In light of recent scandals involving the misuse and improper handling of personal data by large corporations, advocacy groups and regulators alike have given increased attention to the issue of consumer privacy [e.g., 1, 2, 3, 4, 5]. National and local governments have been enacting privacy legislation that requires companies to minimize the amount of data they collect, deters the collection of sensitive data, limits the purposes for which the data are used, and critically, gives users more transparency into data collection and use.
Although prior research has repeatedly demonstrated the limitations of privacy notices [e.g., 9, 10, 11, 12, 13], they remain often the sole mechanism through which consumers can glean information about the data collection and sharing practices of online services. For this reason, we have developed an open-source Python library and a command-line interface called PoliPy  that can be used to compile datasets of privacy policies for selected services, evaluate the comprehensibility of their disclosures, and track longitudinal changes in their contents. In this blog post, I will provide an overview of its features.
Components of PoliPy
PoliPy is a maintained library developed as a collaborative effort of researchers seeking to understand longitudinal trends in privacy disclosures of online services. It consists of several modules that can either be used individually or together as a pipeline.
PoliPy allows researchers, developers, regulators, and consumers to assemble datasets of privacy notices of their selected services by providing a list of URLs where the notices are hosted. The scraper module scrapes both the static and dynamic page contents of the provided URLs using the requests and selenium Python libraries [15, 16]. Optionally, users can also save the screenshots of the pages and parallelize the scraping process over multiple threads to reduce the runtime. By continuously running the scraper in the same directory (either manually or using job schedulers, such as cron), PoliPy can efficiently produce longitudinal datasets of privacy policies by downloading data only if a change in the webpage contents has been detected since the last execution of the scraper.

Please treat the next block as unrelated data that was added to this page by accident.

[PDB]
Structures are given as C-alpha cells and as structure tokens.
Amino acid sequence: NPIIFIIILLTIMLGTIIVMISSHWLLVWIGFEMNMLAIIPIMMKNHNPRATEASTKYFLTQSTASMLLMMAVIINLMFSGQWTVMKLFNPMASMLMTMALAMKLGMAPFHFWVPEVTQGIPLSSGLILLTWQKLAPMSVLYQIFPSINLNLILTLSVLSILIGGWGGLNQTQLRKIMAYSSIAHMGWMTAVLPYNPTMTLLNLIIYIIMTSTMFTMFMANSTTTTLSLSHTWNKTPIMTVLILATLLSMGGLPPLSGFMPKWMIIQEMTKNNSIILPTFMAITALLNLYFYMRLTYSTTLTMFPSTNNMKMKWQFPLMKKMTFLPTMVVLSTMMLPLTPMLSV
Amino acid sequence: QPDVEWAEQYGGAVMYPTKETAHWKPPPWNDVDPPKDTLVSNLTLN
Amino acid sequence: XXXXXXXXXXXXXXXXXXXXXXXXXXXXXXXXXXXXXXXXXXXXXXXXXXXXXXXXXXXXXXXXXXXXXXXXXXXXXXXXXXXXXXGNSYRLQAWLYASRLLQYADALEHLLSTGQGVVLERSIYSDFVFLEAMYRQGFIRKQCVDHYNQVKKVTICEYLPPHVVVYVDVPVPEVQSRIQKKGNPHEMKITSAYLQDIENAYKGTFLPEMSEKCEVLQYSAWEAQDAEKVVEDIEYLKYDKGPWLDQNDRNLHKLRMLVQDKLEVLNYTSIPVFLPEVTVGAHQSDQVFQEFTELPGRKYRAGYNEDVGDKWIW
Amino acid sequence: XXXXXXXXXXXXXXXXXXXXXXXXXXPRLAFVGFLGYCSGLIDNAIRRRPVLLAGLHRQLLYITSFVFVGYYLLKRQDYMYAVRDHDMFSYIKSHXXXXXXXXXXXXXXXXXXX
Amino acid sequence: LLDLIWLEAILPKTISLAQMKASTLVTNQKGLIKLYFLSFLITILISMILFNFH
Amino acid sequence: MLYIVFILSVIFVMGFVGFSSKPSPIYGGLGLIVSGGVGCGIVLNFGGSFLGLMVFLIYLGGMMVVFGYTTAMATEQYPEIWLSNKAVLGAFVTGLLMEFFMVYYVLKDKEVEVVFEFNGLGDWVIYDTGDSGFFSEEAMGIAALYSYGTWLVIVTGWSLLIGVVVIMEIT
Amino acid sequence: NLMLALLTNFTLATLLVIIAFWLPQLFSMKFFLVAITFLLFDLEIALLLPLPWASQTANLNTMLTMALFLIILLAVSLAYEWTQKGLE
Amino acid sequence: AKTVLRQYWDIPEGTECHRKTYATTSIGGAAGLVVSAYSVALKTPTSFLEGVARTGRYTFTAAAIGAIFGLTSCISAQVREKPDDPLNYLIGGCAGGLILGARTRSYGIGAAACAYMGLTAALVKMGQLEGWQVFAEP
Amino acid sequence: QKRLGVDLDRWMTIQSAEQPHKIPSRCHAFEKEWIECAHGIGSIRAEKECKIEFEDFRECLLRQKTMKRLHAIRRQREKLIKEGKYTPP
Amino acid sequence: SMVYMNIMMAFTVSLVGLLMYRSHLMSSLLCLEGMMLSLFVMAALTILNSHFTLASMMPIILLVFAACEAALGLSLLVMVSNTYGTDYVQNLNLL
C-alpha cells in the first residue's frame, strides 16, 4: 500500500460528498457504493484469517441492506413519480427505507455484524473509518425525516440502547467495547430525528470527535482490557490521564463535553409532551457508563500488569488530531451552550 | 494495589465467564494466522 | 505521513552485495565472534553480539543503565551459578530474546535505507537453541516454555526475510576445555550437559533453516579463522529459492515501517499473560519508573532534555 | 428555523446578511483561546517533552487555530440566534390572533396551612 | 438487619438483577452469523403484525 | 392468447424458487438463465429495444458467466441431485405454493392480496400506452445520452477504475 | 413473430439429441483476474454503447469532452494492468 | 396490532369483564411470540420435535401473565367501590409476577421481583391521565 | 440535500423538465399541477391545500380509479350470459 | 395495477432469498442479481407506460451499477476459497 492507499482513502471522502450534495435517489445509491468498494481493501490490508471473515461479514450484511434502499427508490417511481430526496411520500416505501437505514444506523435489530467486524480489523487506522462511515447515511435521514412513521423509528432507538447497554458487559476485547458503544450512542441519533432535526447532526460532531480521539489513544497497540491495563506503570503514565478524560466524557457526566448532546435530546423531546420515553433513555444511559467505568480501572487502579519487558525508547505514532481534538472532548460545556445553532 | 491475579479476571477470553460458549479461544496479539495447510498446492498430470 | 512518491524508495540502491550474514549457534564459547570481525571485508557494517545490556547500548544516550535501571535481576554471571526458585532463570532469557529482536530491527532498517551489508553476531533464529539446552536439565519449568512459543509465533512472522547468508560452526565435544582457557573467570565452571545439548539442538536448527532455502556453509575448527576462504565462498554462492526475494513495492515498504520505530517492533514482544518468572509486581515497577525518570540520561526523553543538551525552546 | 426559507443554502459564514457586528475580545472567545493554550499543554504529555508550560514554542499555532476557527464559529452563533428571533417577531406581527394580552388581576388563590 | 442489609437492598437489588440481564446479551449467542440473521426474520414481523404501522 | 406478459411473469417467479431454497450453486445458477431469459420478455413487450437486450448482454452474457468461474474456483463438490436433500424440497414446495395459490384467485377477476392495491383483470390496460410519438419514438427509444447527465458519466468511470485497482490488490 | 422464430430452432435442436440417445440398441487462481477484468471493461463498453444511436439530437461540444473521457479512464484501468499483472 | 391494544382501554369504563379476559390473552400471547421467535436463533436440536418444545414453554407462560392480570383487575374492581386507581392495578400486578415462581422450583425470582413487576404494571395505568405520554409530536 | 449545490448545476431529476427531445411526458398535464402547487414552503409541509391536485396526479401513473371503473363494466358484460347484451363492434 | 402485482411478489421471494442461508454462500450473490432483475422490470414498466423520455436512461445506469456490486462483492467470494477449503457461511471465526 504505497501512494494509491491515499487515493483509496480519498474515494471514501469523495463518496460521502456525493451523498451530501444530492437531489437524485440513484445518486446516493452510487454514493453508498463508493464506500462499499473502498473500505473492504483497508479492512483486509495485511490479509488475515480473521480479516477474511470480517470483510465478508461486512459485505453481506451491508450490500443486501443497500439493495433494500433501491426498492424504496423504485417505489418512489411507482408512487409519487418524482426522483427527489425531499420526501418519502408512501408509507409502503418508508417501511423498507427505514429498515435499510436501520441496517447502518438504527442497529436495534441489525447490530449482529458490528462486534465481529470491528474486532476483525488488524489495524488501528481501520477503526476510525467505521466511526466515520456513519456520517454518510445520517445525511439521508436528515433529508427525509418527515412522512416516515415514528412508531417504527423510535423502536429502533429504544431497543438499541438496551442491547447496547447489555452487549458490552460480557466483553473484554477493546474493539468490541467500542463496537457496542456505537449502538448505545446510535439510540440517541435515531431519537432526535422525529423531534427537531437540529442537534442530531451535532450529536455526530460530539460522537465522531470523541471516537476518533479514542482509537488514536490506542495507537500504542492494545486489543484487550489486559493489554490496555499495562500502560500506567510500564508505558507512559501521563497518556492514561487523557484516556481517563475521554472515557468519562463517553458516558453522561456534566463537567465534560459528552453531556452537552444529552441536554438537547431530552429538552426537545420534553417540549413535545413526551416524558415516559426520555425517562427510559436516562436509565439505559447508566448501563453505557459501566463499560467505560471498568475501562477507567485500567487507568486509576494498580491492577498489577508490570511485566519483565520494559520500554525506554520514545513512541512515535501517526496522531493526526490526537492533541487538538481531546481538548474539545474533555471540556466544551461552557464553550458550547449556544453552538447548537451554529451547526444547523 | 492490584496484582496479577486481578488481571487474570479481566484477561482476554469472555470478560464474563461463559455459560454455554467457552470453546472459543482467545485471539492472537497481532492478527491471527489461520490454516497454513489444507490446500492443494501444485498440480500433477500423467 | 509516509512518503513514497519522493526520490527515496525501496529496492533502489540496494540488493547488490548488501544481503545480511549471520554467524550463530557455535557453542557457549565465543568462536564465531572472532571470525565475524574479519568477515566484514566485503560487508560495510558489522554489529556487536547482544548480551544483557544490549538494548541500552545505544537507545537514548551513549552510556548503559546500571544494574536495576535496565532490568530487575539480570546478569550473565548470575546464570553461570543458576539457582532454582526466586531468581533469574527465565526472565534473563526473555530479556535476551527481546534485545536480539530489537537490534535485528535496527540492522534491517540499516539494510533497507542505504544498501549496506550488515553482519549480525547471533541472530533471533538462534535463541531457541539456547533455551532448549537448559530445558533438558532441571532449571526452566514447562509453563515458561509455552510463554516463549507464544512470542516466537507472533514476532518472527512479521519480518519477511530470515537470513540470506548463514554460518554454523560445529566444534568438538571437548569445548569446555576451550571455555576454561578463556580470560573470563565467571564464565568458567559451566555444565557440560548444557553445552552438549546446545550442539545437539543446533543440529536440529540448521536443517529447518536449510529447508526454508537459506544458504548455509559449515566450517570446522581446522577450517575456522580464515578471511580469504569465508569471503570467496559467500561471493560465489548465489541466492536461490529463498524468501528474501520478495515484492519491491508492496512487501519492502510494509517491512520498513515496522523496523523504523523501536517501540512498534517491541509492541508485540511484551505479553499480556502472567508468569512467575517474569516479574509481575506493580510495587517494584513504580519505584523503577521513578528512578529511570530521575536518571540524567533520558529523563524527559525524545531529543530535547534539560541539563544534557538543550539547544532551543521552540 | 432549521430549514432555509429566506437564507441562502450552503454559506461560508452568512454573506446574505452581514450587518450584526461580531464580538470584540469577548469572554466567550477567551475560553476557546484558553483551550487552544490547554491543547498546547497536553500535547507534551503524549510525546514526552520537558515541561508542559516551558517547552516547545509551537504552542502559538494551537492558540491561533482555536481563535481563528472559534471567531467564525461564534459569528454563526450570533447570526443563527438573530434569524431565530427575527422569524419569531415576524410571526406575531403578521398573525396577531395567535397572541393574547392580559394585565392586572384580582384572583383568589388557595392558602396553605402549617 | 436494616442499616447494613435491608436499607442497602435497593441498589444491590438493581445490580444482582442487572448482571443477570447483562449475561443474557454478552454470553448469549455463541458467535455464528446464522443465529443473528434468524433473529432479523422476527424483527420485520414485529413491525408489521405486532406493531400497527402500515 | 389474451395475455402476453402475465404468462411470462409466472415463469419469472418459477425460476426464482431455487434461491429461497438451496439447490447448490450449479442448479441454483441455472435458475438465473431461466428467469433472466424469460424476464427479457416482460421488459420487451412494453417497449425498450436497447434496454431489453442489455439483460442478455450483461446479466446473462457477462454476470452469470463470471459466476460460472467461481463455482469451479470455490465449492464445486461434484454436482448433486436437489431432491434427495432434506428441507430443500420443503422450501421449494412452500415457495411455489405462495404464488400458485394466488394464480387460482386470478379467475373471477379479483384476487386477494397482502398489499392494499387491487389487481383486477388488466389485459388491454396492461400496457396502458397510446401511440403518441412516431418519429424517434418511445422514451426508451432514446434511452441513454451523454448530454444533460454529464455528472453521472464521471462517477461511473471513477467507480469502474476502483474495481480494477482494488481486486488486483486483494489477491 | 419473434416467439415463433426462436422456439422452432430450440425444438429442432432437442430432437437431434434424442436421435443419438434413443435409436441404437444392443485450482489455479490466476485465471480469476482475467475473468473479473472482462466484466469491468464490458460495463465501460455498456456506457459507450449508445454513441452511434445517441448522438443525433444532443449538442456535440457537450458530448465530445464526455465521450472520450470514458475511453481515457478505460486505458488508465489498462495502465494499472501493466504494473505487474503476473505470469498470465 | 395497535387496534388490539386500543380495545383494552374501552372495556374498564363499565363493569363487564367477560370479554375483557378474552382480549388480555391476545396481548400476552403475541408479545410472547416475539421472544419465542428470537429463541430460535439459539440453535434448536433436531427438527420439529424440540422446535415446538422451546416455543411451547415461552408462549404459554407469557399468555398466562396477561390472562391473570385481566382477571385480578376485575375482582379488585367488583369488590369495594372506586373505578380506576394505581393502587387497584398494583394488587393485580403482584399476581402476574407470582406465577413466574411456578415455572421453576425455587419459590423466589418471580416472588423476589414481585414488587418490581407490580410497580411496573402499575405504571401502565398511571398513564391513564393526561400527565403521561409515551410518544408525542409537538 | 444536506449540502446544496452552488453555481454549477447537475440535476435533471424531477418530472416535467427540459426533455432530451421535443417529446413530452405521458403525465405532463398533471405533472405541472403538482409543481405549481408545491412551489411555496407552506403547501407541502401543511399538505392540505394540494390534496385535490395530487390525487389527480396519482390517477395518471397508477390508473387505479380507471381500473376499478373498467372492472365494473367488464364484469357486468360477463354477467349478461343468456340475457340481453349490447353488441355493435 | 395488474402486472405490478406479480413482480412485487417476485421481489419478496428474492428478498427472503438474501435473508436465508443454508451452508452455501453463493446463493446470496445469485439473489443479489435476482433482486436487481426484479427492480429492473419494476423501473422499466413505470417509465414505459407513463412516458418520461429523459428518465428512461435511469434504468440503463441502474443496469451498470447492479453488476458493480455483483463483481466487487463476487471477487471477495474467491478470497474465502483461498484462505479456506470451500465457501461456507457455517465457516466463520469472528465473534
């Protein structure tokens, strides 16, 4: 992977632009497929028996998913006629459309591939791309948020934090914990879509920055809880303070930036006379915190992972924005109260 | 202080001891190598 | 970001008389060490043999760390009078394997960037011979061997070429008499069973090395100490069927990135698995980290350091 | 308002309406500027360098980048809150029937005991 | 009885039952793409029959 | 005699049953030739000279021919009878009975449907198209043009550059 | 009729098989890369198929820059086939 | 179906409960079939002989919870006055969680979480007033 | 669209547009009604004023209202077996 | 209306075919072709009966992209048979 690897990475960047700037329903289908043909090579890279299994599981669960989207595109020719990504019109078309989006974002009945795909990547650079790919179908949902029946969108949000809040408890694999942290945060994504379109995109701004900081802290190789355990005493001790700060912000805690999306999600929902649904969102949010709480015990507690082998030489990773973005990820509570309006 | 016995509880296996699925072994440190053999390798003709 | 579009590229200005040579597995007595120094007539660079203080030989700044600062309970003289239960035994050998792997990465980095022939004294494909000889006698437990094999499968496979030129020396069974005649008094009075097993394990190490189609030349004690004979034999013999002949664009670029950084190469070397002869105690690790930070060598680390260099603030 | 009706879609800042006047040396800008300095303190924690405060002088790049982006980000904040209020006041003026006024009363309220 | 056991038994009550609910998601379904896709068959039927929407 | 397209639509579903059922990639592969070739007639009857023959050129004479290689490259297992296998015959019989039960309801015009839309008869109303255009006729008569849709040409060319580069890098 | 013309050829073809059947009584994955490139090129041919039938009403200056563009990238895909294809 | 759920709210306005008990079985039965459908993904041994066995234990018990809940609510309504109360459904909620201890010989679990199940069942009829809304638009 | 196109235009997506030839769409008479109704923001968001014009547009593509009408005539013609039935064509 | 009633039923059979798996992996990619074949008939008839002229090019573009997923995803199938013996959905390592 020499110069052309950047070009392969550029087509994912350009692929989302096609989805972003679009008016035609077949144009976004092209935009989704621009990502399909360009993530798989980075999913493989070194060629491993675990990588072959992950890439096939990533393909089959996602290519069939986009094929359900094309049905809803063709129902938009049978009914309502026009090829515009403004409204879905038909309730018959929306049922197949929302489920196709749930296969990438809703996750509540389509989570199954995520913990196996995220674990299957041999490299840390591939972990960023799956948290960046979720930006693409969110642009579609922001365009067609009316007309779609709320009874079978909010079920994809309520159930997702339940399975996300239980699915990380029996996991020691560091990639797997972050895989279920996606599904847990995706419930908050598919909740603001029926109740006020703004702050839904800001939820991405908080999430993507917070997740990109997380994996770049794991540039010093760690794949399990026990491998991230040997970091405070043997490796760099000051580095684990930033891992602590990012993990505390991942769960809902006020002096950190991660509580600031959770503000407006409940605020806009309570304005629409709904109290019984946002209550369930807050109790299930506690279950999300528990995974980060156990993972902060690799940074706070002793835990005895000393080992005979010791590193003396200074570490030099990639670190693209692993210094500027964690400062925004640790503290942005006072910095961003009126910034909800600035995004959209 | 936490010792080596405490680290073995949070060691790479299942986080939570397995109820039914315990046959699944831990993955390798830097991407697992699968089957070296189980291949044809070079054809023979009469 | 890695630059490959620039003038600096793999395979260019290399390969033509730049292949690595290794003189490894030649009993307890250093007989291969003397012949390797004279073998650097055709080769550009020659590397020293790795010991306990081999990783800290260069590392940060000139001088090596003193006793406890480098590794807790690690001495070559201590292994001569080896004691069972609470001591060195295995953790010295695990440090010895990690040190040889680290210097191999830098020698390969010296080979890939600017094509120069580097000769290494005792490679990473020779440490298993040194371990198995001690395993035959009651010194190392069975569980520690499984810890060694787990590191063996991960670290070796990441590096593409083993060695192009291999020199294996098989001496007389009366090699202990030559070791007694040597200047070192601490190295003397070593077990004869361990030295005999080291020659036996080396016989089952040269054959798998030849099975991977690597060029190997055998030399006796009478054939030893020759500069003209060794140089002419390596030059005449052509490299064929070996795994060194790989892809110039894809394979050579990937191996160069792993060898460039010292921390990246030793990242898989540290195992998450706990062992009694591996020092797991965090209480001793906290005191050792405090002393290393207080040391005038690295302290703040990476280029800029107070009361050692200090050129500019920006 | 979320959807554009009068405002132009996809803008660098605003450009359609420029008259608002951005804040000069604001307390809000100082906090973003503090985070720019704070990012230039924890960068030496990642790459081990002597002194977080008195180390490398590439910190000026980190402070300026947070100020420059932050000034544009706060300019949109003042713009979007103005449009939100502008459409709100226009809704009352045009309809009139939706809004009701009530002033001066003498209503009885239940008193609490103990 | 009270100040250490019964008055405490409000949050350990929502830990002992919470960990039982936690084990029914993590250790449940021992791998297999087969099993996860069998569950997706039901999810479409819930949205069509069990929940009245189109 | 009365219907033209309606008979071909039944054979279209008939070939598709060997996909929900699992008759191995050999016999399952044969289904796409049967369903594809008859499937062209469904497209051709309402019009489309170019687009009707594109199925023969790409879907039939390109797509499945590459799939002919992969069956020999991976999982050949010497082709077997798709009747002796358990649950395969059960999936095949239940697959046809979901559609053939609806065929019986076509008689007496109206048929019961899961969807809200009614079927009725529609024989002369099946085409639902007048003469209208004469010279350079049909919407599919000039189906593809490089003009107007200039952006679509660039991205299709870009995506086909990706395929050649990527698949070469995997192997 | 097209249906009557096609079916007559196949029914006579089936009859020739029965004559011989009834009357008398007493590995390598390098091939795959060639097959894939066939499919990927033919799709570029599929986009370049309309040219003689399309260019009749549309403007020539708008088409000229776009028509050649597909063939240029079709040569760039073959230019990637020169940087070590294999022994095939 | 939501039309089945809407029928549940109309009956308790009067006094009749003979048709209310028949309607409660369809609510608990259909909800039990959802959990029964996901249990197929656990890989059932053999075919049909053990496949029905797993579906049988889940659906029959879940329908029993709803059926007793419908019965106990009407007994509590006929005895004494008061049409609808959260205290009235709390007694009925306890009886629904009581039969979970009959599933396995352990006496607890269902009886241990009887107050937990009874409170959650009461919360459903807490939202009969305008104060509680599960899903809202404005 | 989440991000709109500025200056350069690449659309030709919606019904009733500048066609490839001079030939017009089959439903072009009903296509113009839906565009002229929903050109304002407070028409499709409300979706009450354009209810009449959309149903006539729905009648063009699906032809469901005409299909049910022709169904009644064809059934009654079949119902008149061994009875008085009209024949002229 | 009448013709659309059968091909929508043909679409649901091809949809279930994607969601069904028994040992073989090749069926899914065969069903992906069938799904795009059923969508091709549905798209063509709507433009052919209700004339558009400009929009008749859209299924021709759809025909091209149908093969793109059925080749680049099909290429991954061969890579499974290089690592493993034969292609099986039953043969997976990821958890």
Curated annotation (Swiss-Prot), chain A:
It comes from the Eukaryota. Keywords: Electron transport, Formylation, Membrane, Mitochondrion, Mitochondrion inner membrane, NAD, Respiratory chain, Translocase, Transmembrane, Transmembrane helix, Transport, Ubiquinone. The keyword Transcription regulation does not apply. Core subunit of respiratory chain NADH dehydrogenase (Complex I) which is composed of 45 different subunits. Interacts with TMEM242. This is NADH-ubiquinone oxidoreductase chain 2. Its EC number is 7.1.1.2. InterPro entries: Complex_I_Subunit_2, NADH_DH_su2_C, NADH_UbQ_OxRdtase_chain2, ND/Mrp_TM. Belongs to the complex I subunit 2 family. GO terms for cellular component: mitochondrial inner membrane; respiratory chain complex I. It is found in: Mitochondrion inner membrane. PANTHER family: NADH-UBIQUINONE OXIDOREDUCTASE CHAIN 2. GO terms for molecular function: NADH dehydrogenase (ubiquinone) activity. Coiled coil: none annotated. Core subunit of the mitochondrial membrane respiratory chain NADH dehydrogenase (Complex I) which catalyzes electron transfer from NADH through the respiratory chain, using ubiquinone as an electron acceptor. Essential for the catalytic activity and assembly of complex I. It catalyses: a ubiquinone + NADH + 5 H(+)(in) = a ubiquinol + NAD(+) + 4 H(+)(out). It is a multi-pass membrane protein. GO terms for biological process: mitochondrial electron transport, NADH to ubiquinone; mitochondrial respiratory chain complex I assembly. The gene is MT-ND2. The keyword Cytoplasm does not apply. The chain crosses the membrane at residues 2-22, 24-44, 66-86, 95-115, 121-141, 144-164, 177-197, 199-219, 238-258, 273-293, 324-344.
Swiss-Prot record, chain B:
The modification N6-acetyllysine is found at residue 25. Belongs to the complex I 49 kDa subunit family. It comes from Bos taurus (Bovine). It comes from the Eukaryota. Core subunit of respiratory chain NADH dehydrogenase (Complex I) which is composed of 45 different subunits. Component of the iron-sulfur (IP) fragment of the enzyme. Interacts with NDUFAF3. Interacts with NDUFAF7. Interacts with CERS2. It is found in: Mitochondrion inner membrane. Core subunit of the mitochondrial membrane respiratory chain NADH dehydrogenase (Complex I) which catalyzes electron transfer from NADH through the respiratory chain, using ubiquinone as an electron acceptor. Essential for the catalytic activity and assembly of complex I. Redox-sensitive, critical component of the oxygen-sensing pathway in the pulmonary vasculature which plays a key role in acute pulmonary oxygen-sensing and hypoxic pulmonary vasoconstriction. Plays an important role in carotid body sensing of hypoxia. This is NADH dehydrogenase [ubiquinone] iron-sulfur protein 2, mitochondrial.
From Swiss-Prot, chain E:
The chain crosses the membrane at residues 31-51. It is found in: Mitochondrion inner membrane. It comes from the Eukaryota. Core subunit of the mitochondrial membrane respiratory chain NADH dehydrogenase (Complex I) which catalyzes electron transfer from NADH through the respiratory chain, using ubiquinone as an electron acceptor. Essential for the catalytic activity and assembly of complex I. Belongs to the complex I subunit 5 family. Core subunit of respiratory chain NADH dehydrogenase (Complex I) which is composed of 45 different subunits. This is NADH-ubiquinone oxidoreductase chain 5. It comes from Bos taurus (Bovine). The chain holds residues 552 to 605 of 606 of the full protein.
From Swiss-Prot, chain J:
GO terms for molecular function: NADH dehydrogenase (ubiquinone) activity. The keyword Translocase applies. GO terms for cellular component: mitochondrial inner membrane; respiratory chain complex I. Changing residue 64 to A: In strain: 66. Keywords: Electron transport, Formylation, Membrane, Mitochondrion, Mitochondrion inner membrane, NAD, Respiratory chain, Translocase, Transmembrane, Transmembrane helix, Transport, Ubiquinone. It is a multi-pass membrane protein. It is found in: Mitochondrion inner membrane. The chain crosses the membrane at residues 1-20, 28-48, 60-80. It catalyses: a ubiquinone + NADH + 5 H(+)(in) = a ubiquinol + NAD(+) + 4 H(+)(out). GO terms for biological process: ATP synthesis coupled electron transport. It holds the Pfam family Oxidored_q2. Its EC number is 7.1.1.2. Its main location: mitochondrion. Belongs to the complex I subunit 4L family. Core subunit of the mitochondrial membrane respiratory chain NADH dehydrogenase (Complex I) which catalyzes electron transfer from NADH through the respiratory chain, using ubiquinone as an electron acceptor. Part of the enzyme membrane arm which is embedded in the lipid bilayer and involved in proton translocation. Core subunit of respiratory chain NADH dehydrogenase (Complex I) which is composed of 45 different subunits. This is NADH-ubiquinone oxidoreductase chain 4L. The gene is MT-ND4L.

Finally, PoliPy comes equipped with a set of predefined analysis functions that users can directly apply to the parsed texts of privacy policies. These functions evaluate the readability and the complexity of the texts and can compute simple metrics, including word counts and reading times, as well as more complex ones such as the Flesch–Kincaid Grade Level score , using the textstat library . By continuously scraping the policies, users of PoliPy can discover how these metrics change over time and as a result of external events, such as the introduction of new data protection regulations or privacy initiatives.
Putting Everything Together
To get started with PoliPy, you can easily install it using the pip package installer for Python:
pip install polipy
$ cat policies.txt
$ polipy policies.txt -s
Alternatively, you can also import PoliPy as a library in a Python script:
result = polipy.get_policy(url, screenshot=True)
Both of these invocations result in the creation of the following output folder:
│ ├── 20220201.html
│ ├── 20220201.png
│ ├── 20220201.json
├── └── 20220201.meta
In this example, the name of the files in the subdirectory corresponds to the date the policy was scraped and the file extensions correspond to the following:
.png contains the screenshot of the webpage;
To explore other features provided by PoliPy, I encourage you to check out the documentation on the project website (https://github.com/blues-lab/polipy). I also encourage you to reach out to me if you have any questions, report any issues, propose new features, or share your experiences with PoliPy
To close, I want to wish you best of luck with your projects and happy data scraping! :)
 Granville, K., 2018. Facebook and Cambridge Analytica: What you need to know as fallout widensThe New York Times, 19, p.18.
 Jyothish R., 2018. The World’s Biggest Biometric Database Keeps Leaking People’s DataFast Company
 Tan, R., 2018. Fitness app Polar revealed not only where U.S. military personnel worked, but where they livedThe Washington Post
 Porter, J., 2019. Google fined €50 million for GDPR violation in FranceThe Verge
 Kang, C., 2019. FTC approves Facebook fine of about $5 billionNew York Times, 12
 EU General Data Protection Regulation (GDPR): Regulation (EU) 2016/679 of the European Parliament and of the Council of 27 April 2016 on the protection of natural persons with regard to the processing of personal data and on the free movement of such data, and repealing Directive 95/46/EC (General Data Protection Regulation), OJ 2016 L 119/1.
 California Consumer Privacy Act (CCPA), 2018 Cal. Legis. Serv. Ch. 55 (A.B. 375).
 Pollach, I., 2007. What's wrong with online privacy policies?. Communications of the ACM, 50(9), pp.103-108.
 Sheng, X. and Cranor, L.F., 2005. An evaluation of the effect of US financial privacy legislation through the analysis of privacy policies. ISJLP, 2, p.943.
 McDonald, A.M. and Cranor, L.F., 2008. The cost of reading privacy policies. Isjlp, 4, p.543.
 Obar, J.A. and Oeldorf-Hirsch, A., 2020. The biggest lie on the internet: Ignoring the privacy policies and terms of service policies of social networking services. Information, Communication & Society, 23(1), pp.128-147.
 Barocas, S. and Nissenbaum, H., 2009, October. On notice: The trouble with notice and consent. In Proceedings of the engaging data forum: The first international forum on the application and management of personal electronic information
 Selenium with Python
 Kincaid, J.P., Fishburne Jr, R.P., Rogers, R.L. and Chissom, B.S., 1975. Derivation of new readability formulas (automated readability index, fog count and flesch reading ease formula) for navy enlisted personnel. Naval Technical Training Command Millington TN Research Branch.